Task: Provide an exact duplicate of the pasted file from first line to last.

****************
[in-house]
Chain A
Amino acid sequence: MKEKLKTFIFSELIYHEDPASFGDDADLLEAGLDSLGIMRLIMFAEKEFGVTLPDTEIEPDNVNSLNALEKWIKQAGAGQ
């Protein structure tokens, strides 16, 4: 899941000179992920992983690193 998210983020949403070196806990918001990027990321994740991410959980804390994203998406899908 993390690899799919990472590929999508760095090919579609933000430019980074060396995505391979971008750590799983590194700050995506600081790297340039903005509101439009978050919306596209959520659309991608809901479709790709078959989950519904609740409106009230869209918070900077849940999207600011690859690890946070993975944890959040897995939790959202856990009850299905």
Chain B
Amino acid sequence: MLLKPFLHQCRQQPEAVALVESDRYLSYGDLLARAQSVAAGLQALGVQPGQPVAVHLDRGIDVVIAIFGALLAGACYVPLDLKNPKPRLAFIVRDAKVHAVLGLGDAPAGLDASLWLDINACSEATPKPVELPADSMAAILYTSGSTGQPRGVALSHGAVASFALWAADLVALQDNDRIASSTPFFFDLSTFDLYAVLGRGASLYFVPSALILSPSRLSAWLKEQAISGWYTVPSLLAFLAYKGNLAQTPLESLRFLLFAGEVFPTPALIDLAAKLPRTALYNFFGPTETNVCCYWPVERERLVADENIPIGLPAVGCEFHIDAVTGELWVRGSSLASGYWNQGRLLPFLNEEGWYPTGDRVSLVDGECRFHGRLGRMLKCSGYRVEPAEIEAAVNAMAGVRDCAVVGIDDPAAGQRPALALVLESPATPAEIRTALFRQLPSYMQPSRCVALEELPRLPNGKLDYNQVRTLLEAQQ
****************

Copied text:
[in-house]
Chain A
Amino acid sequence: MKEKLKTFIFSELIYHEDPASFGDDADLLEAGLDSLGIMRLIMFAEKEFGVTLPDTEIEPDNVNSLNALEKWIKQAGAGQ
């Protein structure tokens, strides 16, 4: 899941000179992920992983690193 998210983020949403070196806990918001990027990321994740991410959980804390994203998406899908 993390690899799919990472590929999508760095090919579609933000430019980074060396995505391979971008750590799983590194700050995506600081790297340039903005509101439009978050919306596209959520659309991608809901479709790709078959989950519904609740409106009230869209918070900077849940999207600011690859690890946070993975944890959040897995939790959202856990009850299905």
Chain B
Amino acid sequence: MLLKPFLHQCRQQPEAVALVESDRYLSYGDLLARAQSVAAGLQALGVQPGQPVAVHLDRGIDVVIAIFGALLAGACYVPLDLKNPKPRLAFIVRDAKVHAVLGLGDAPAGLDASLWLDINACSEATPKPVELPADSMAAILYTSGSTGQPRGVALSHGAVASFALWAADLVALQDNDRIASSTPFFFDLSTFDLYAVLGRGASLYFVPSALILSPSRLSAWLKEQAISGWYTVPSLLAFLAYKGNLAQTPLESLRFLLFAGEVFPTPALIDLAAKLPRTALYNFFGPTETNVCCYWPVERERLVADENIPIGLPAVGCEFHIDAVTGELWVRGSSLASGYWNQGRLLPFLNEEGWYPTGDRVSLVDGECRFHGRLGRMLKCSGYRVEPAEIEAAVNAMAGVRDCAVVGIDDPAAGQRPALALVLESPATPAEIRTALFRQLPSYMQPSRCVALEELPRLPNGKLDYNQVRTLLEAQQ